Best: A long, downhill glide with battery storage
The 13,500 solar modules sandwiched by hillsides of sagebrush, pinyon, and juniper near Glenwood Springs capture the eyes. It’s the four shipping containers of lithium-ion batteries, capable of five megawatts of storage, that will briefly set a new high mark for Colorado.
Battery storage is coming on in Colorado. This project narrowly eclipses the previous record in Colorado set four years ago. Late next spring, the 275 megawatts of battery capacity planned by Xcel Energy at Pueblo and in Adams County will dwarf this record of 5 megawatts. More yet will be coming after that.
We need storage to complement the intermittency of the renewables but also because this makes economic sense. This transition to an energy system with fewer emissions has so far slowed or stopped increase costs in prices of electricity. If only we could be so lucky with organic food.
Storage capacity within Colorado will rise significantly in the next five years. Imagine driving on Interstate 70 across the Great Plains into Denver. In the city’s western suburbs, the highway rises slightly. In this analogy with battery storage, we’re still in the suburbs. Lying immediately ahead is the sharp rise to Floyd Hill with plenty of uphill beyond.
Mike Kruger, the chief executive of Colorado Solar and Storage Association, a trade organization, rejects this analogy. Instead of uphill struggle, he describes downhill glide. Lithium-ion storage will expand, he explained, because of rapidly declining costs that parallel those of solar panels a decade before.
In his view, we’re about to descend from Loveland Pass.
“Imagine the tiniest thing you can think of,” Kruger said at a Colorado Renewable Energy Society webinar. “That’s storage in Colorado today. Now, think of the biggest thing you can think of. That will be energy storage in the future.”
All of Colorado’s larger utilities plan significant storage but in somewhat different ways. Platte River Power Authority recently received 31 bids for various non-carbon generation and storage proposals in and near the four communities it serves in northern Colorado. For example, Estes Park, whose frightened residents had to flee in 2020 as two megafires approached, might need both storage and solar panels if power deliveries get interrupted.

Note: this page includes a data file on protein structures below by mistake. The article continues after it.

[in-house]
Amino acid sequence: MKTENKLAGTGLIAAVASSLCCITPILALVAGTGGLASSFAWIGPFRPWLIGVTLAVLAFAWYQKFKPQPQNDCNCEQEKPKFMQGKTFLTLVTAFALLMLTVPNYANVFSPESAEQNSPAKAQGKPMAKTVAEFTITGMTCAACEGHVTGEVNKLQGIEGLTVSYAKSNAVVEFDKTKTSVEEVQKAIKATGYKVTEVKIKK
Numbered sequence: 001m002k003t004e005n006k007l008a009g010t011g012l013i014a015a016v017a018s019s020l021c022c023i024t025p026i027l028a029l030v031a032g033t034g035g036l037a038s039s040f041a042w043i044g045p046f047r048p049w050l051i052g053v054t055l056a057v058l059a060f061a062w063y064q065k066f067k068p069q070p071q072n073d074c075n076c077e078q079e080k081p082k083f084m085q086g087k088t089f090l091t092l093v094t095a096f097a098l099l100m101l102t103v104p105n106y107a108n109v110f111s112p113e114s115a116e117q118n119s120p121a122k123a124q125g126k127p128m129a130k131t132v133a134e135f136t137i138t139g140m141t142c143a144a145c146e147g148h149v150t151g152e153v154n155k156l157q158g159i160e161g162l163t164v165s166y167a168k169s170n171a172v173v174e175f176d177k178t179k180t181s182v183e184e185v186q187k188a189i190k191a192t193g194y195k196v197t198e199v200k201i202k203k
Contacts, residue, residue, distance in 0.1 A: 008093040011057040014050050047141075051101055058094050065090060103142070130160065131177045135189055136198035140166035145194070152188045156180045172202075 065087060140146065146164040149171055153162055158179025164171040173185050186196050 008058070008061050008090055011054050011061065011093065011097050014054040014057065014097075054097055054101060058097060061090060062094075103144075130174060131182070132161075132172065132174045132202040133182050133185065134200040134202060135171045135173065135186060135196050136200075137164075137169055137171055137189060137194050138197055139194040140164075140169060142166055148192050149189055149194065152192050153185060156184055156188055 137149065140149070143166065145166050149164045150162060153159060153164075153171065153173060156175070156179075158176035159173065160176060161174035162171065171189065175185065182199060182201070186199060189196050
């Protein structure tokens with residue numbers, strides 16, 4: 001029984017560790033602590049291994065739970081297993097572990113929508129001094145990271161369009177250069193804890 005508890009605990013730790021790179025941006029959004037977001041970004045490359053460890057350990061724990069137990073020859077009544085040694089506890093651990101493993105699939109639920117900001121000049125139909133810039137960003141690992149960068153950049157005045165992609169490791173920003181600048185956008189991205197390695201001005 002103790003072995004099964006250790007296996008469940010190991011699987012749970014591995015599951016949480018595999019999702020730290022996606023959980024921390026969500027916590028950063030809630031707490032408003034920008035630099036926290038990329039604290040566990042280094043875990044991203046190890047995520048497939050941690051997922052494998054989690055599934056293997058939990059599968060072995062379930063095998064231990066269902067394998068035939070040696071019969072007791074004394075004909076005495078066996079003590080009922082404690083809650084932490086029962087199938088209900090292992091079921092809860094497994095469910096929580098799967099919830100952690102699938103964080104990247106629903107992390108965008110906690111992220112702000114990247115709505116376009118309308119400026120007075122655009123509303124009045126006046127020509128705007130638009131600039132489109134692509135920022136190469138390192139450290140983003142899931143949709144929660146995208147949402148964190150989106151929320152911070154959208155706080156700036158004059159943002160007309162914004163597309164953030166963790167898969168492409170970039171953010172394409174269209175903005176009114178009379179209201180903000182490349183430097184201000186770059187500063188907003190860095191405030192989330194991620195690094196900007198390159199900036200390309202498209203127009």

Wildfire threat also figures into the solar and storage at the college campus near Glenwood Springs. Should outside power be cut off, students could shelter in place.
Colorado Springs Utilities, the state’s fourth largest utility, is soliciting bids for batteries with 400 megawatt-hours of storage to become operational in 2024. Utilities spokesman Steve Berry predicts growing importance of battery storage as long as the technology becomes increasingly cost-effective, efficient and reliable.
“Battery storage will help us better manage the intermittent characteristics of renewable energy, but it will also provide greater grid resiliency, help insulate customers from market volatility, and help us modernize our grid for emerging technologies,” he says.
We are also beginning — just beginning — to see batteries in homes and businesses. In a program called Power+, Holy Cross has assisted in placing batteries at 68 homes and businesses. Supply-chain issues have 122 still on the waiting list. It is doing this partly to learn how to draw on these batteries to meet peak demands, such as when the snowmaking guns at Aspen and Vail power up as temperatures dive during November evenings.
Now come state and federal programs that Kruger describes as a “really amazing confluence of incentives” via tax rebates. A new Colorado law will award an income tax credit equal to 10% of the purchase price for storage systems purchased in 2023 and 2024. The systems are also exempt from sales tax. The federal Inflation Reduction Act provides an even bigger tax incentive of 30%.
Xcel customers will be eligible for additional incentives next year: $500 per kilowatt of storage up to 50% of the cost of the battery and $800 per kilowatt for Income-qualified (up to 75% of the cost of the battery).
Supplies of batteries remain tight, but manufacturing capacity has been ramping up, and prices should fall. Globally, capacity grew by a third last year to reach 600 gigawatt-hour in manufacturing capacity. Wood Mackenzie, a consultant, reports 3,000 gigawatt-hours being planned or under construction.
In “The Big Fix,” Aspen-reared Hal Harvey and co-author Justin Gillis describe how scaling up of industrial process has caused prices of everything from Model T’s to computer chips to tumble. They call it “the learning curve.” The most recent examples were wind and then solar.
Cheaper lithium-ion batteries alone will not alone allow Holy Cross and other utilities to realize their goals of 100% emissions-free electricity by 2030. We also need [MK1] longer-term storage. Options include molten salt, hydrogen, and pumped storage-hydro — the latter a technology use in Colorado since the 1950s that remains the state’s largest “battery.” Nuclear and geothermal are other options. All will take time to deploy. Likely a decade.
Allen Best publishes Big Pivots, which focuses on climate change and attendant changes in energy, water, and agriculture. See bigpivots.com